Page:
In case you haven’t been reminded for the 5 millionth time this month – it’s gay pride month. It seems like every store you enter is not just announcing it but literally screaming at you. Kids are being indoctrinated through cartoons and in the classroom. All of it is an attempt to normalize behavior that the world knows, but refuses to admit, is not the way we were create to thrive.
The world is acting like the world. It’s broken and hurting. None of this is a surprise to God. None of it should be a surprise to us.
As Christians how we respond to all this says a lot about who we are, what we believe about sin, and what we believe about God. I in no way claim to have all this figured out, but here are few things I’ve been processing over the last several weeks.
My first reaction when kids are being exploited by LGBTQ activists or when I have to reject another store’s attempt to get me to give money to an activist organization is to get really angry and a little bit bitter. We instead need to respond with broken hearts, repentance, and compassion.
The world wants to redefine love. They want it to be something that is unconnected to a higher being but simply is whatever they want it to mean. Unfortunately, love doesn’t work that way. However, Christians don’t get to re-define love either. In fact, God said love isn’t easily angered. James says, “Everyone should be quick to listen, slow to speak and slow to become angry, because human anger does not produce the righteousness that God desires.” The Bible literally defines God as love.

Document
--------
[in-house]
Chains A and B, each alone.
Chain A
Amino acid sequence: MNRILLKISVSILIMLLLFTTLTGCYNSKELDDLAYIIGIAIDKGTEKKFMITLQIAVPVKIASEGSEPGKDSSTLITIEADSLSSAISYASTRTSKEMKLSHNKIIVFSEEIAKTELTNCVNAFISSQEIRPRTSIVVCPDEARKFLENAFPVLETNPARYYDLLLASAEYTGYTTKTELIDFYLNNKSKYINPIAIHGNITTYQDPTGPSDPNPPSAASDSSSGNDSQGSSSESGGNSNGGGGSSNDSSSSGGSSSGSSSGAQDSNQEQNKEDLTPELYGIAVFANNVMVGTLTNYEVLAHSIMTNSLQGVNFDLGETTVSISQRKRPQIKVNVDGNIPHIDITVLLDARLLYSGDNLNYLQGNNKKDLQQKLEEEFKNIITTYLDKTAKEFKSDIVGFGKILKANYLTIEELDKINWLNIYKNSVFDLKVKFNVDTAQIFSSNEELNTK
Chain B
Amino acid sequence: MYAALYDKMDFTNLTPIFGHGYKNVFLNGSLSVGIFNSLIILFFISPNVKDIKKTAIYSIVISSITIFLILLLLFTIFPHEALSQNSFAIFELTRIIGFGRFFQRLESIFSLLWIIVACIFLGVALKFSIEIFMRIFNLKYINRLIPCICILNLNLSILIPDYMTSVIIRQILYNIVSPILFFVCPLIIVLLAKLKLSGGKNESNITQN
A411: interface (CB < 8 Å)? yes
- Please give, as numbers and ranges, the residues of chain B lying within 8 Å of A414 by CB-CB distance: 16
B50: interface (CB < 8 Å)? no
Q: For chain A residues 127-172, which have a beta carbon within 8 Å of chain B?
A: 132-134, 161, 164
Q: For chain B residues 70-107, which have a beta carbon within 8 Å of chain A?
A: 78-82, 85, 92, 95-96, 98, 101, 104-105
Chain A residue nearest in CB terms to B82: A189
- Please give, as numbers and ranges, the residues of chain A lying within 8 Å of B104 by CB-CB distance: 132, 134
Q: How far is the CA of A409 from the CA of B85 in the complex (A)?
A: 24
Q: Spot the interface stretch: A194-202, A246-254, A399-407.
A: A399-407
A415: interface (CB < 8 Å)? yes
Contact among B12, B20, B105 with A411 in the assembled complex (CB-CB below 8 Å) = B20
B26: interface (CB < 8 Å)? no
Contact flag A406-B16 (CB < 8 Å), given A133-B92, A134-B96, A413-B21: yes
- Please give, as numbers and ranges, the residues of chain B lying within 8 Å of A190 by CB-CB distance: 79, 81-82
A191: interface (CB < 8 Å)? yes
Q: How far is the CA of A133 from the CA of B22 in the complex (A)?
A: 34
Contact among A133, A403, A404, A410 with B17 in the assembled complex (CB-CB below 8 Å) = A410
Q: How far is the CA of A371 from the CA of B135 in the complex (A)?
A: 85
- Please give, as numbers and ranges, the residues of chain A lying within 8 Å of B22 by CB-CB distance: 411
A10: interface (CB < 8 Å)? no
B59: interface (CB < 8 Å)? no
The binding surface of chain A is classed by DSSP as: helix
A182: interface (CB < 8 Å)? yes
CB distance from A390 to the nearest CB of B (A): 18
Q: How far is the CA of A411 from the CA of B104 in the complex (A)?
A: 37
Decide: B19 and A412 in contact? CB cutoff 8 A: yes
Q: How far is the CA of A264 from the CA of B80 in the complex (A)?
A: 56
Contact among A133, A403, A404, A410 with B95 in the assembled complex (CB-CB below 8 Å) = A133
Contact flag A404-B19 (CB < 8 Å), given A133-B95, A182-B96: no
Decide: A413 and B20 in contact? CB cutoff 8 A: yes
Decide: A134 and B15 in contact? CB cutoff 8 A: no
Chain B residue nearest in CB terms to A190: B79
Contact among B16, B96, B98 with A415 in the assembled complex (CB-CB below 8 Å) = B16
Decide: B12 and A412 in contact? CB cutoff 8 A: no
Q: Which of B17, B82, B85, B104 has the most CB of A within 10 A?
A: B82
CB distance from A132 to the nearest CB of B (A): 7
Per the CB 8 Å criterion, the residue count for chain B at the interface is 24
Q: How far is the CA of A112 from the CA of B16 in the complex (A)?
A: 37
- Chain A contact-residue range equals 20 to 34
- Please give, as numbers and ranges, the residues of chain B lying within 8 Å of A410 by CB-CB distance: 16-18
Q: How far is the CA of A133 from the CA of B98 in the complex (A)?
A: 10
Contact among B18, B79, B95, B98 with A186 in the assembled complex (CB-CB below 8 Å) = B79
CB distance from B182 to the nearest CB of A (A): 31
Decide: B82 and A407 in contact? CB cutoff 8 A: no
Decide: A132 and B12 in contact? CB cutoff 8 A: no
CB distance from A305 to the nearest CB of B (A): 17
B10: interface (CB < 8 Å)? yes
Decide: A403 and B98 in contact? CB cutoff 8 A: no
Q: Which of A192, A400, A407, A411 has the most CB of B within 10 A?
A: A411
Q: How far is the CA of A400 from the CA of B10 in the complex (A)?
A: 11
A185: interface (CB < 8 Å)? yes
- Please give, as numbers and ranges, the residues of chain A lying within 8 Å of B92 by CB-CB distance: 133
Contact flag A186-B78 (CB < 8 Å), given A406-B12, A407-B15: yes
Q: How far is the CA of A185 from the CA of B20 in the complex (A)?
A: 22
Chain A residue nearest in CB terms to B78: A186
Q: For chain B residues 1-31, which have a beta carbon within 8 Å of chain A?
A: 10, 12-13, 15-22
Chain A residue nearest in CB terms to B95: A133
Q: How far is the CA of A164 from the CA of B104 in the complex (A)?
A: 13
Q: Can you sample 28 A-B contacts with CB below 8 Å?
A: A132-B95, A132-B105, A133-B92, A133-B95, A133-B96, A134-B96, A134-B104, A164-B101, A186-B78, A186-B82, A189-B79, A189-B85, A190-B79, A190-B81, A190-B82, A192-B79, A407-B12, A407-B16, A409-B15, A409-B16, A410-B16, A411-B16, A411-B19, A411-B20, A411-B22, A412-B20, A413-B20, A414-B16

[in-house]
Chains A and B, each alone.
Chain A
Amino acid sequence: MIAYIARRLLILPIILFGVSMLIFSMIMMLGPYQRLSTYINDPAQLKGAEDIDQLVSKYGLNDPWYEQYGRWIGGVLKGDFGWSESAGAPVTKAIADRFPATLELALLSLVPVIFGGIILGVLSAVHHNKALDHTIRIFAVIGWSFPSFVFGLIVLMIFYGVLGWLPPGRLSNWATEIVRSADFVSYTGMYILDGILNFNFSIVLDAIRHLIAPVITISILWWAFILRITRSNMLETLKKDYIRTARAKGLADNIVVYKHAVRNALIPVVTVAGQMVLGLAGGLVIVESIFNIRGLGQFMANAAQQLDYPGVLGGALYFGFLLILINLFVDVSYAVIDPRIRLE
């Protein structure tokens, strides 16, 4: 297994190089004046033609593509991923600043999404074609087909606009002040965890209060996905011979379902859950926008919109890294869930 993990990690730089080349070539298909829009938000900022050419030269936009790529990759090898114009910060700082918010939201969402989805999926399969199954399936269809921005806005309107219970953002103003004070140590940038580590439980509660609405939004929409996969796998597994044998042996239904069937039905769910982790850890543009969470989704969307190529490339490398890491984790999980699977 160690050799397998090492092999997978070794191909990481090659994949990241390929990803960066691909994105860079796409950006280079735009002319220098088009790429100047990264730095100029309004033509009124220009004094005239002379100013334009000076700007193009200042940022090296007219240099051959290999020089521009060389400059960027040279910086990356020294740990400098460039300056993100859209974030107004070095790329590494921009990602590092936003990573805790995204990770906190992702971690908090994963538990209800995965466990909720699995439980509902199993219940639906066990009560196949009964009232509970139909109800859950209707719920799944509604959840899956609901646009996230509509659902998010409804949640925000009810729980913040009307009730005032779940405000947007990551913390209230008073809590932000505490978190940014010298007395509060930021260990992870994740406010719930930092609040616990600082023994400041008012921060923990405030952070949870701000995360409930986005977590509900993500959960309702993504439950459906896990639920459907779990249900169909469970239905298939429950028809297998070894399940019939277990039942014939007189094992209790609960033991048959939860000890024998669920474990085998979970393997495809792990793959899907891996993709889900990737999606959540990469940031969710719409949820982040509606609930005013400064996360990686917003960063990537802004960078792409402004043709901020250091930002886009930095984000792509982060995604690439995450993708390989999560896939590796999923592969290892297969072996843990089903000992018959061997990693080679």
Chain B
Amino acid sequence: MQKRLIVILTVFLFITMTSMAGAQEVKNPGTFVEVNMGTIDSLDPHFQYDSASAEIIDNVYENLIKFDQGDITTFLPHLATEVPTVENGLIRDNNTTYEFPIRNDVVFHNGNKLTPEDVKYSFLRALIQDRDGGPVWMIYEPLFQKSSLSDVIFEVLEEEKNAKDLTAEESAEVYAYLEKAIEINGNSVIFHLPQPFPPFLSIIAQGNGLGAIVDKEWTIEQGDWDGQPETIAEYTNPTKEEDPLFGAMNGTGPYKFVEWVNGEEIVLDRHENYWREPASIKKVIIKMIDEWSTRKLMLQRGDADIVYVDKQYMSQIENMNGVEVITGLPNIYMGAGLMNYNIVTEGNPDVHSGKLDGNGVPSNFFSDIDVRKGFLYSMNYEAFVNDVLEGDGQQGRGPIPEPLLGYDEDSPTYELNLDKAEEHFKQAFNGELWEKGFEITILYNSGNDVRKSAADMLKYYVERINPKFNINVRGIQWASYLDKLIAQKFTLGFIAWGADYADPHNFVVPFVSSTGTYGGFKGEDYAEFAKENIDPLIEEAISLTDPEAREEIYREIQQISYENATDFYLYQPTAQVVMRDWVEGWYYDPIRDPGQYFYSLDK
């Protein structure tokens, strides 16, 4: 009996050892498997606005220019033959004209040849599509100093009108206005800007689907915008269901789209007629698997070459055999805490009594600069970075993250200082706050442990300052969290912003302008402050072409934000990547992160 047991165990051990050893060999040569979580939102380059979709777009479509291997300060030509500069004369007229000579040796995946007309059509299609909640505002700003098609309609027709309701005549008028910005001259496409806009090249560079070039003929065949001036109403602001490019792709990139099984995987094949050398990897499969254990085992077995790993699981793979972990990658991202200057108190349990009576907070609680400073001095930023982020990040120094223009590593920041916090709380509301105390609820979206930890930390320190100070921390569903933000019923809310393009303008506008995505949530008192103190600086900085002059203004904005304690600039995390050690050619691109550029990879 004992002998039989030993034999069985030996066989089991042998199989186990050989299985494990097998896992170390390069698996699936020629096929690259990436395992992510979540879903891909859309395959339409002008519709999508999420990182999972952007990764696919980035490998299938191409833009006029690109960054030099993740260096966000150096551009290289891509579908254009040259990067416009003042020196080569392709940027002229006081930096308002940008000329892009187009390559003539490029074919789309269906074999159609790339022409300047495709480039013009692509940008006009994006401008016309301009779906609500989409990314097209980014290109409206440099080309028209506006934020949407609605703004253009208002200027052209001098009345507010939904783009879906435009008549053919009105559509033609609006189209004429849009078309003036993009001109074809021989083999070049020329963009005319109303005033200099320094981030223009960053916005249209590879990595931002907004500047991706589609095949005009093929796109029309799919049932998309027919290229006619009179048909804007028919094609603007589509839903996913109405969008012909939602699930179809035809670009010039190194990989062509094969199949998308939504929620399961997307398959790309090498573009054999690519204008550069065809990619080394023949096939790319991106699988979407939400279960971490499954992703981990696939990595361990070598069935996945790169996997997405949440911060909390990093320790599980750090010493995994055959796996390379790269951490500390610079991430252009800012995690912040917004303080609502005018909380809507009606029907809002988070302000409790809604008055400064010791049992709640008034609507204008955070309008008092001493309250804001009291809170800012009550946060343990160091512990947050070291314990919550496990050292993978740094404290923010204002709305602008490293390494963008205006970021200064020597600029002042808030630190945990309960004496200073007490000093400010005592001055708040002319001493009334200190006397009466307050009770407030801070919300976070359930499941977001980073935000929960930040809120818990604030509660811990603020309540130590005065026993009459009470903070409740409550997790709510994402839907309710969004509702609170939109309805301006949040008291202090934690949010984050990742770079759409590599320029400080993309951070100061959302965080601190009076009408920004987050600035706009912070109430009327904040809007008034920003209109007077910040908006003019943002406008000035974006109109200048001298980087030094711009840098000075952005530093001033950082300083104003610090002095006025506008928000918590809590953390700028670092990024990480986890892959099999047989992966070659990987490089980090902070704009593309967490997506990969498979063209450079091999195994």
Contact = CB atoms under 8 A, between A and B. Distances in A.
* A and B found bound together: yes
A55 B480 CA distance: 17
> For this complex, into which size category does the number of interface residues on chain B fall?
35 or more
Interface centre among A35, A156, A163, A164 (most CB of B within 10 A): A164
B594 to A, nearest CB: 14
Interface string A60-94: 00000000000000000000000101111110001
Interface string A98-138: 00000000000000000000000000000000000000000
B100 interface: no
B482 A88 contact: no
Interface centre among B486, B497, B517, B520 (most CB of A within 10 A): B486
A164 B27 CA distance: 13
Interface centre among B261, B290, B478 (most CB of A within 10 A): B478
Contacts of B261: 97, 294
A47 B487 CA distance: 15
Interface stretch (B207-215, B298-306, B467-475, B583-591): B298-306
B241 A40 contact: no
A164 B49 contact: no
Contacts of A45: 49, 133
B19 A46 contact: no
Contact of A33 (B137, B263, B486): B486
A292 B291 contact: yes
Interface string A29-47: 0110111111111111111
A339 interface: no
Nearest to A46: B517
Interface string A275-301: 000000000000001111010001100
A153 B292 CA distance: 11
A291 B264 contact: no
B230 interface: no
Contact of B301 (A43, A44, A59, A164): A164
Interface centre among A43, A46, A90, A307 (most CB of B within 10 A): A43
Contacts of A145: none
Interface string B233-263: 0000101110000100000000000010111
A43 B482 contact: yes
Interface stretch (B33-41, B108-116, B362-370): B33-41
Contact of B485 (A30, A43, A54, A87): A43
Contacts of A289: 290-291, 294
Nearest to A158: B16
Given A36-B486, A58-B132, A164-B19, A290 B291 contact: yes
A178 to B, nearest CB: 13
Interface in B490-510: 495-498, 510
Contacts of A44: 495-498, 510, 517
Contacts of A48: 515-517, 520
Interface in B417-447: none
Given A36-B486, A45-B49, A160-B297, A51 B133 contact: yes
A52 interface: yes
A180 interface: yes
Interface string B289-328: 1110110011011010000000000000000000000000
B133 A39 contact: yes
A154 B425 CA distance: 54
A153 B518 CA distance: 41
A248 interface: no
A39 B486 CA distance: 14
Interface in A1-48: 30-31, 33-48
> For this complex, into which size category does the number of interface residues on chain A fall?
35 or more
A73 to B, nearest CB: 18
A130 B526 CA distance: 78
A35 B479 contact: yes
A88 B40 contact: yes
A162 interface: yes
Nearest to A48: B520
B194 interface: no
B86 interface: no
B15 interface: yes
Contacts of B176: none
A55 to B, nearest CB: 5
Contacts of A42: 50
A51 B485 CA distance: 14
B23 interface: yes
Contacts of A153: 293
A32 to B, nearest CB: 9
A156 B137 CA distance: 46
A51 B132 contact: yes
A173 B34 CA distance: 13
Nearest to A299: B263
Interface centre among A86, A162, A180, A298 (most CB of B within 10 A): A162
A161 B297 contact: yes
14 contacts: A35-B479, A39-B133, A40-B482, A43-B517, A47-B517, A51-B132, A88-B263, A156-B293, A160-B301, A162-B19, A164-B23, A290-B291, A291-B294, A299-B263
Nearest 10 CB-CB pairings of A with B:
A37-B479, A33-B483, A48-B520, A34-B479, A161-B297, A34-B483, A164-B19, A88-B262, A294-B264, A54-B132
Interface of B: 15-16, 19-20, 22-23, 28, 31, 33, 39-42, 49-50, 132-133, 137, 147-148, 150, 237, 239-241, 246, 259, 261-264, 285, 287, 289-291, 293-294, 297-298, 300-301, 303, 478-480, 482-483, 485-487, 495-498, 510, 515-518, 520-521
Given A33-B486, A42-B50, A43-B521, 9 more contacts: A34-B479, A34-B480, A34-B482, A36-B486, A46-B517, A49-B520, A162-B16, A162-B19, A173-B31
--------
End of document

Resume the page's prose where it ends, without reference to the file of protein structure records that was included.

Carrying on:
It’s that simple.
Now, can I feel frustration and seek change because of the brokenness of sin around me? Yes. But that doesn’t mean that I am allowed to take that frustration out on the broken. Instead, my goal is to approach individuals around me with compassion & humility. My constant prayer when I engage with people who disagree with me is that they will leave every conversation knowing that they are valued and loved simply because they are made in the image of God.
As our culture is increasingly forcing these topics on our kids, it gives us an opportunity to talk to our kids about the nature of sin, about how we are called to love, and to demonstrate Christ-like love to those around us. These are not issues we can allow our kids to learn from the world.
When I’m tempted to make a stank face at the cashier when she asks if I want to donate to an LGBTQ activist organization or when I get a little overwhelmed by how far (and quickly) the culture has progressed, I remember who reigns over this world and to whom I belong no matter what the world may tell me. It’s not my job to save the world. Jesus already did that; I just get to be a part of revealing His saving power and love to a broken world. It takes a lot of the pressure off of me and frees me up to engage with others in a winsome way.
May we walk as people of love and compassion, and may Christ fill our lives with hope as we wait on His return.
Walking with humility,
Brittany Jones, Esq.
Director of Advocacy